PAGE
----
Hike stats: Distance: 4.8 miles Elevation Gain: 1327 feet Time: 3 hours Fee: $6 to park at the trailhead Good for: Easy hiking, hiking with dogs
One of the reasons we moved last summer was to be closer to the mountains. We wanted to be able to day hike without spending more time driving than actually hiking. We’d hoped to do some hiking this spring, but our jobs kept our weekends busy right through the end of May. Finally, in early June, we had time to start exploring.
I checked out a book called The Best Front Range Hikes from the library, and we flipped through to find one that wasn’t too far away or too long a hike. We decided on Mount McConnell, up the Poudre Canyon.
I hadn’t been up the canyon since college, and I’d forgotten how lovely the drive is. The Poudre River was full and fast-moving with fresh run-off, and the sparkling water, colorful wildflowers, and green trees made for a nice little drive.
We hadn’t gotten a very early start (that’s why we moved, remember?); we parked, used the trailhead restrooms, and started hiking a little before 9:00. I was a little worried we’d be hot, but some friendly clouds kept us shaded most of the way up. The trail climbs fairly steadily for the first couple of miles, and it seemed like after every little bend, we just had to stop to take in the next bit of stunning scenery down below.
The trail to the summit of Mount McConnell branches off the main trail, but it’s a short jaunt to the top, and the view is incredible.
We lingered at the summit for several minutes, enjoying the panorama and the sunshine that had finally decided to reappear. Eventually, we started our walk back down. The trail gives the option of making this a loop hike, and we did, because why see the same scenery when we can see something new? The trail down wasn’t quite as well maintained as the trail up, but it was still easy to follow. We did take one wrong turn — at a water crossing, the trail we needed was hiding in the shade — but we realized our mistake fairly quickly and were soon back on the right track.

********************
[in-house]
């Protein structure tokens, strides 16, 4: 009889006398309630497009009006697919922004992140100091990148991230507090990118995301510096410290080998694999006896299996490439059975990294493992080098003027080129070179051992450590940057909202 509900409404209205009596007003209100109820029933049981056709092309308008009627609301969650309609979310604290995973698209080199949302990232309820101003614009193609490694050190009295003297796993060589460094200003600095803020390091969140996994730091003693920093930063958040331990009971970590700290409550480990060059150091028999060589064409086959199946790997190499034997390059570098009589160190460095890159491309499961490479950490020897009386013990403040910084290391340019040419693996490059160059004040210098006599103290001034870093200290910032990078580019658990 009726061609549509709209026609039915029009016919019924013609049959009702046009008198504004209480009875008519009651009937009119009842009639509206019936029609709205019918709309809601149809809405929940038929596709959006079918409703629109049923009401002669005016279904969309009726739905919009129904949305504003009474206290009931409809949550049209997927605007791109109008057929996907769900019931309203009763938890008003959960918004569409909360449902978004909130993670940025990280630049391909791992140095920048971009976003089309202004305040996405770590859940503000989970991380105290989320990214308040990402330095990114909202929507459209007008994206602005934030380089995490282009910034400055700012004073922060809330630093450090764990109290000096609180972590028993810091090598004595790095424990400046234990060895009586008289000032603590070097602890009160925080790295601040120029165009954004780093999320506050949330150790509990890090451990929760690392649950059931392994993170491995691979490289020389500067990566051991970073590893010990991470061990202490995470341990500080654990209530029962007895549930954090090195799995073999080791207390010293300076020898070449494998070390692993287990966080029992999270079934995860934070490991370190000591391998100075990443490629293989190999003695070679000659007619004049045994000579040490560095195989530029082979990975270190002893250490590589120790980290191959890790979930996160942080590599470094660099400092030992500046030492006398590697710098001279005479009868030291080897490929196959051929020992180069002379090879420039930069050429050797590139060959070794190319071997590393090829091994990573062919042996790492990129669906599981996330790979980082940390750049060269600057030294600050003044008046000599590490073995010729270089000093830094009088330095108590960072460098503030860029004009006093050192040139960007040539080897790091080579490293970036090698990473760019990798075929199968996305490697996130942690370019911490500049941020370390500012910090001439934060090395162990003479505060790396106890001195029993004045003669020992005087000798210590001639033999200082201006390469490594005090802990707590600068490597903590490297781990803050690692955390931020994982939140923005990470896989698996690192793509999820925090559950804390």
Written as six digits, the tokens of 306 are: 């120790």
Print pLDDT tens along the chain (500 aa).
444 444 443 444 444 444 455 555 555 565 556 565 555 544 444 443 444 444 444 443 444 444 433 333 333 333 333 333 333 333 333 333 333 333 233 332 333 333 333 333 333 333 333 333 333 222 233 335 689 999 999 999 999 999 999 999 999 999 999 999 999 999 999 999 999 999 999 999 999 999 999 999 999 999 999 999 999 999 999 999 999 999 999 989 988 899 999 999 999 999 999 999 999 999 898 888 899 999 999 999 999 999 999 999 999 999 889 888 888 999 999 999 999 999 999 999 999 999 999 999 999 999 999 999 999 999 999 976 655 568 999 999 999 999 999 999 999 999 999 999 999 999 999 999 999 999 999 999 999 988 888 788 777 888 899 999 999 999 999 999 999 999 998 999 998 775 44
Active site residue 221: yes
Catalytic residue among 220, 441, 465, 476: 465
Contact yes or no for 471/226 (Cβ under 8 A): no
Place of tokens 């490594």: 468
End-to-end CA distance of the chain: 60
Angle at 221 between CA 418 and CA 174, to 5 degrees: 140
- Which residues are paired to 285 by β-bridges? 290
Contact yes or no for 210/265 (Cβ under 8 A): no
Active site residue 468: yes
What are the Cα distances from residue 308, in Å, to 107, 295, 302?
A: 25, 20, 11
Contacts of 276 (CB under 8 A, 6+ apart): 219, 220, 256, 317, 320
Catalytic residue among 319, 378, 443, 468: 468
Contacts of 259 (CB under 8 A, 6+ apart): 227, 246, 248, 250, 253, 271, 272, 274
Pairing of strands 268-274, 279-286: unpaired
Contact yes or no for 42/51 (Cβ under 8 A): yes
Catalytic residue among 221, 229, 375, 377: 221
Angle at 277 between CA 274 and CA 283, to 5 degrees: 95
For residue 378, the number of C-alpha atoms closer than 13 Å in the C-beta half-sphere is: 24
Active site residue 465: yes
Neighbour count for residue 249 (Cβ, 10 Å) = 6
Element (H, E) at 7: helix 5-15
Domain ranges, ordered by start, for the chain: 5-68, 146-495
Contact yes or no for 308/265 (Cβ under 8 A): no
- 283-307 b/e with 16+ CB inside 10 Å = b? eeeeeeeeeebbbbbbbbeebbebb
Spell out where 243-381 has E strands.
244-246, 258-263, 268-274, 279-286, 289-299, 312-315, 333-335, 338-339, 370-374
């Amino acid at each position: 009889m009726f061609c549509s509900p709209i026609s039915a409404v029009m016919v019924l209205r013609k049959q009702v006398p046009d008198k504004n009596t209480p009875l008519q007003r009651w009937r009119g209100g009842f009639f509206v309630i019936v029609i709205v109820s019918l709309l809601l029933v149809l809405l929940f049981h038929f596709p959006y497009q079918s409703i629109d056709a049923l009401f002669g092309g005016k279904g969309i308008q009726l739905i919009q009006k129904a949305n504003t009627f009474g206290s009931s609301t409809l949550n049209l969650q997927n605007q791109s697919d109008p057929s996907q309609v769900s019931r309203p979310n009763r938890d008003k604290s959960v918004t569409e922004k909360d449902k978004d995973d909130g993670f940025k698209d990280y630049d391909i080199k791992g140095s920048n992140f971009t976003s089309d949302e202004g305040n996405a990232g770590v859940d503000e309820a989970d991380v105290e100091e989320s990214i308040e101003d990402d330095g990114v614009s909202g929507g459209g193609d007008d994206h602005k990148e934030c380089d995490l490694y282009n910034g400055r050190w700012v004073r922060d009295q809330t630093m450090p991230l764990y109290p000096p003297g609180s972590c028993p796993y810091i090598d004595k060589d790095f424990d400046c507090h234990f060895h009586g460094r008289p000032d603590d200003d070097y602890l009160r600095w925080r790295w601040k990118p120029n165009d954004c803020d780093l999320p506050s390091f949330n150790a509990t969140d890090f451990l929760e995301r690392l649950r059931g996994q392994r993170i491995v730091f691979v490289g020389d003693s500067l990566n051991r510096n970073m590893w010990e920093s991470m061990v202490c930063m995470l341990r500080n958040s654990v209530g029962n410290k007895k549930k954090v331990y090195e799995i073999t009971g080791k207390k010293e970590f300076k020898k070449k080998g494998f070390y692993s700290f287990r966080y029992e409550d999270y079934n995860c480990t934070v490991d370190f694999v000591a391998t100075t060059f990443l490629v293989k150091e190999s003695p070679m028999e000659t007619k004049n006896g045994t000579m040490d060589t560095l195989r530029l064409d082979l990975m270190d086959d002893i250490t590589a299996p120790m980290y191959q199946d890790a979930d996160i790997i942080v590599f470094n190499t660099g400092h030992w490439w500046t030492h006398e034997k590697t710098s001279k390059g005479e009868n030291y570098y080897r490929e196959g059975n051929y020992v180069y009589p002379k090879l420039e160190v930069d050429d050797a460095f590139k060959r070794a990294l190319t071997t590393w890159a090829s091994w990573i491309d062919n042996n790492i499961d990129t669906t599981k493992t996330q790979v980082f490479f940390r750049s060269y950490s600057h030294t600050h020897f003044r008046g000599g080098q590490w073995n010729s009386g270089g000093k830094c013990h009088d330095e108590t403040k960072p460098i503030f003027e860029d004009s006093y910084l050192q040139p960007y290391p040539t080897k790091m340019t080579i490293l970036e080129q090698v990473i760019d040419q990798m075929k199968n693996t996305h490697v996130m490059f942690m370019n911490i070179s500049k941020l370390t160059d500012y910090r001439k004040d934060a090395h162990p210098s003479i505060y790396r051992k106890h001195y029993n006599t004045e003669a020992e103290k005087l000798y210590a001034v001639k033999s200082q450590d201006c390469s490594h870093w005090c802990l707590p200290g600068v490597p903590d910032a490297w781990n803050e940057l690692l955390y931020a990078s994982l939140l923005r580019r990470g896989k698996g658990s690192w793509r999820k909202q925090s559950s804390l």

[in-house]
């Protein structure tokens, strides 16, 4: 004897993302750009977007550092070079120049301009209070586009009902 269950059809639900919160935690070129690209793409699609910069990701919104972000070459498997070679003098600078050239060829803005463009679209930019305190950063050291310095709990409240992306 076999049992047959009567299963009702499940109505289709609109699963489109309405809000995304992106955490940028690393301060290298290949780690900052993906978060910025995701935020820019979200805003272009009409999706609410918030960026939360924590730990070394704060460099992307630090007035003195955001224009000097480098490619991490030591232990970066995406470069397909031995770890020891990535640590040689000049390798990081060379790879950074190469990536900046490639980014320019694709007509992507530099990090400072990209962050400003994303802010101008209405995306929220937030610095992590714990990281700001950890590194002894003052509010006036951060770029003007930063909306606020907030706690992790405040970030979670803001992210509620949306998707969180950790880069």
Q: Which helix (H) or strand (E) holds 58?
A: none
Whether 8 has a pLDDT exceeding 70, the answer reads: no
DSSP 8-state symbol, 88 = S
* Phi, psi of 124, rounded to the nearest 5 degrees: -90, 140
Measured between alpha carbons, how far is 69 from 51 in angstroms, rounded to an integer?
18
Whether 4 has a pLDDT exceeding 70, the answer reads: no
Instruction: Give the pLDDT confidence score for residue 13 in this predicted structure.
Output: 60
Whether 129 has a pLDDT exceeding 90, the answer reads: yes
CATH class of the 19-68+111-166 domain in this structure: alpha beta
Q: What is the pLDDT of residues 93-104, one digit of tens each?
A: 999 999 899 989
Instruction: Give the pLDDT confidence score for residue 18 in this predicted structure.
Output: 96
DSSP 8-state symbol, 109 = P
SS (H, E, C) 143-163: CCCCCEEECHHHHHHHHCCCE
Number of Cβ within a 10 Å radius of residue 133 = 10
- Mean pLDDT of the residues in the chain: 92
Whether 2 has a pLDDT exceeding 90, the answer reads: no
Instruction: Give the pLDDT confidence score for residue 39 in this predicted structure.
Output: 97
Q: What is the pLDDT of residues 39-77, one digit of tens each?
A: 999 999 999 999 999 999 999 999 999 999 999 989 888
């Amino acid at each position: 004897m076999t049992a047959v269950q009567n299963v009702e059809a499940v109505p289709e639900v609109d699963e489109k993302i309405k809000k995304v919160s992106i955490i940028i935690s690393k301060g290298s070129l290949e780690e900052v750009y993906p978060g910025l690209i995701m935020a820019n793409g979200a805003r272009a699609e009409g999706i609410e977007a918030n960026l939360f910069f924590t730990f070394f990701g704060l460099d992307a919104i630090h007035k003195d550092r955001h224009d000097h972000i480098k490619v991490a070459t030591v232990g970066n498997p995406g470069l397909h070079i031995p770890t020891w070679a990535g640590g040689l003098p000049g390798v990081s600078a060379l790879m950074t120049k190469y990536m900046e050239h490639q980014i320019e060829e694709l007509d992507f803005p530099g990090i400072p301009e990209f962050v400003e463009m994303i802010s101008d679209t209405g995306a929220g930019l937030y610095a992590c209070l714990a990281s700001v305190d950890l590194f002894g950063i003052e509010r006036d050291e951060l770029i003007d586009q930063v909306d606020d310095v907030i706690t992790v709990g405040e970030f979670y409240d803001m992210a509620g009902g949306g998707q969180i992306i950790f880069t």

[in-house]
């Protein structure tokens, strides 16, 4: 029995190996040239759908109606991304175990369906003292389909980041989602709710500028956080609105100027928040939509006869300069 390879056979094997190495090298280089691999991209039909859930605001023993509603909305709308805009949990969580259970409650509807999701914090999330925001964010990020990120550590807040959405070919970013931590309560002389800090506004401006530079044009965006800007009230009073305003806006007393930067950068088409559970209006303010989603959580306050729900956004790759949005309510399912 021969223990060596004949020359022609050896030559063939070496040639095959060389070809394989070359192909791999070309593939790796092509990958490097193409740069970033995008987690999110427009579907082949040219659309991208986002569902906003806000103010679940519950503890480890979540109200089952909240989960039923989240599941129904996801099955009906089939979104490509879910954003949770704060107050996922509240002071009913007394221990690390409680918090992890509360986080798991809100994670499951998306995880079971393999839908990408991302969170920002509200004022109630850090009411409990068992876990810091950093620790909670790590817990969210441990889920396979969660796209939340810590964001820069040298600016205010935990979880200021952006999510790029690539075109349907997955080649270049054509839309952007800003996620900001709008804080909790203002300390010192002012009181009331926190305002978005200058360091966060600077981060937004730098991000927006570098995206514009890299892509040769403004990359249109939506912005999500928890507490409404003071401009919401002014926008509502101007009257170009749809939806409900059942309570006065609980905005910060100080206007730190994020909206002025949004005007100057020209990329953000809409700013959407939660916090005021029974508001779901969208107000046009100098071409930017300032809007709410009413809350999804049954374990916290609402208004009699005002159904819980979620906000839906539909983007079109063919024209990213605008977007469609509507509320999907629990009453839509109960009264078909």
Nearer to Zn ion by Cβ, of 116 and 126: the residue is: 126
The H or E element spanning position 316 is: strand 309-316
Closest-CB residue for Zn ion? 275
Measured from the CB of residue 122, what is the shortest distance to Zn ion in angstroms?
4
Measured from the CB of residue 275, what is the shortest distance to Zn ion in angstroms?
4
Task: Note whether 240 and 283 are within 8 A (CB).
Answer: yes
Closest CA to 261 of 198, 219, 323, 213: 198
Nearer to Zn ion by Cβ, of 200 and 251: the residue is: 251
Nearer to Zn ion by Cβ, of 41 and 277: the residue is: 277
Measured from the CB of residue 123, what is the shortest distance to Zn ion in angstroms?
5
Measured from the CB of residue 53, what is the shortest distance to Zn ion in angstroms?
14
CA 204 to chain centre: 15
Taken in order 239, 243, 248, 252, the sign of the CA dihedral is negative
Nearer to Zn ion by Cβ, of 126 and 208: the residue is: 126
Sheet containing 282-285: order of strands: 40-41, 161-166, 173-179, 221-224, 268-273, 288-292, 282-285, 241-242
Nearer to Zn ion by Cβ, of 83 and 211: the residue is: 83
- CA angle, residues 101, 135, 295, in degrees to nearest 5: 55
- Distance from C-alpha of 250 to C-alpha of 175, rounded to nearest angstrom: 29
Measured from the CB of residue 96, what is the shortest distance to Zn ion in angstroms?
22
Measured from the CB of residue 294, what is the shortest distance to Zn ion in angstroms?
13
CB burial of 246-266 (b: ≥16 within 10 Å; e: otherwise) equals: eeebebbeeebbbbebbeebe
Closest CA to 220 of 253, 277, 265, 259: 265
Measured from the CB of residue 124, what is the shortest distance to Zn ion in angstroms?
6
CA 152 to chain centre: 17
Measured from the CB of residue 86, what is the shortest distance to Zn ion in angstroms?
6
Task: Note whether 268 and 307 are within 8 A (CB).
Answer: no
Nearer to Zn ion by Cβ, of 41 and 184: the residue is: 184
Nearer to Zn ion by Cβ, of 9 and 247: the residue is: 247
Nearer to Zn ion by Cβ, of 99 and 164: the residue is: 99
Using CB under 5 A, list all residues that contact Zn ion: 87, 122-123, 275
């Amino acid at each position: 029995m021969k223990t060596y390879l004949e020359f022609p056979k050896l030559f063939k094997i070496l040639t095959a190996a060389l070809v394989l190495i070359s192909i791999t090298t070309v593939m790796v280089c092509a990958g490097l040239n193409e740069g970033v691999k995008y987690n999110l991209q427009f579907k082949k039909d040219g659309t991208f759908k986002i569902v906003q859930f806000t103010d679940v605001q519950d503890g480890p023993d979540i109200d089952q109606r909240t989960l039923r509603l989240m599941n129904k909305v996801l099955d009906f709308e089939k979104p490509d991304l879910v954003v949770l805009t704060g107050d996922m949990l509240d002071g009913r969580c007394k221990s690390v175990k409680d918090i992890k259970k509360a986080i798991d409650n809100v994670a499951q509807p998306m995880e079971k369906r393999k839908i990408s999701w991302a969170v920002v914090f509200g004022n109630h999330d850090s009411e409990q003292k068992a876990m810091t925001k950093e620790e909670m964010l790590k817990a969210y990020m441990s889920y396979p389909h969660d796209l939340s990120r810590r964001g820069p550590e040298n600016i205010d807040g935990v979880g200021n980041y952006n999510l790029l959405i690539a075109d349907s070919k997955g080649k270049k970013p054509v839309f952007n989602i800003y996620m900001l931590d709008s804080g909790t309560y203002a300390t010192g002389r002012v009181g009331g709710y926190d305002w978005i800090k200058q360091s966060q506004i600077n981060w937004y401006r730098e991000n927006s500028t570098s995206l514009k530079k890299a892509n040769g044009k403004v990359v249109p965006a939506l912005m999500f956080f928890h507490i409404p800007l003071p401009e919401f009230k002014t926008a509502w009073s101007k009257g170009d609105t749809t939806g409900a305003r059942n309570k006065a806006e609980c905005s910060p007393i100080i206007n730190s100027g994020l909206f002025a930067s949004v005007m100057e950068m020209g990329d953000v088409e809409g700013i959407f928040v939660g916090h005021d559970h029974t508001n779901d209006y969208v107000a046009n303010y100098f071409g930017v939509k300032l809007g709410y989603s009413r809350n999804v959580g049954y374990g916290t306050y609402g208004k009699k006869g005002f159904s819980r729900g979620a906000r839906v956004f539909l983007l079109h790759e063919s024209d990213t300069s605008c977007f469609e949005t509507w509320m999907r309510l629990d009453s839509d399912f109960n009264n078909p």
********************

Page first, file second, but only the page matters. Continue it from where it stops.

Back at the trailhead but not really wanting to leave, we spent several minutes trying to skip rocks and dipping our fingers in the icy river, talking about how glad we were that we’d moved closer to the places we love.
This was a lovely little hike. Although my new book said this was about a four-hour hike, we did it in almost exactly three hours, including our wrong turn, lots of picture stops, and lingering at the summit. Even starting late, we had plenty of time to hike and dawdle and still had the afternoon free. It’s an easy and uncrowded hike, and the views from the top make you feel like you really accomplished something. If you’re in the Fort Collins area, definitely give this one a try!
This is the follow-up to the story of my first “real” hike with my dad. Neither my mom nor I could find the pictures from this hike, though, so you’ll have to use your imagination. Dad (because I know you’re reading this), Mom said they might still be on the camera in your truck. It might be time for a new memory card.
I was 17, and I knew everything. In just a few weeks, I’d turn 18, leave for college, and be a real, independent adult. (That’s what I thought, anyway). But this morning, I was just as excited as I’d been nearly a decade before on the morning of the first of many daddy-daughter hikes. Today, we were finally going to do the hike that Dad had talked about for years: the Crag Crest Trail.
Ever since Dad first told me about this hike– the rocky trail up, the tiny strip of land across the top of the Grand Mesa, and the rolling, forested trail back down — I’d wanted to do it. “It’s a little dangerous,” he’d always said. “We’ll do it when you’re older.” Then, the busyness of a family with two teenagers had kept us from hiking it, but today, we’d made the time. I could hardly wait.
The drive up to Grand Mesa seemed to take for-ev-er, but finally, we were hiking. I’d tried to keep my nervousness about college hidden under a veneer of confidence, but since it’s easier for me to open up when my body’s moving, I shared with Dad my anticipation and fears about the following years. As always, Dad listened, nodded, and offered just enough advice.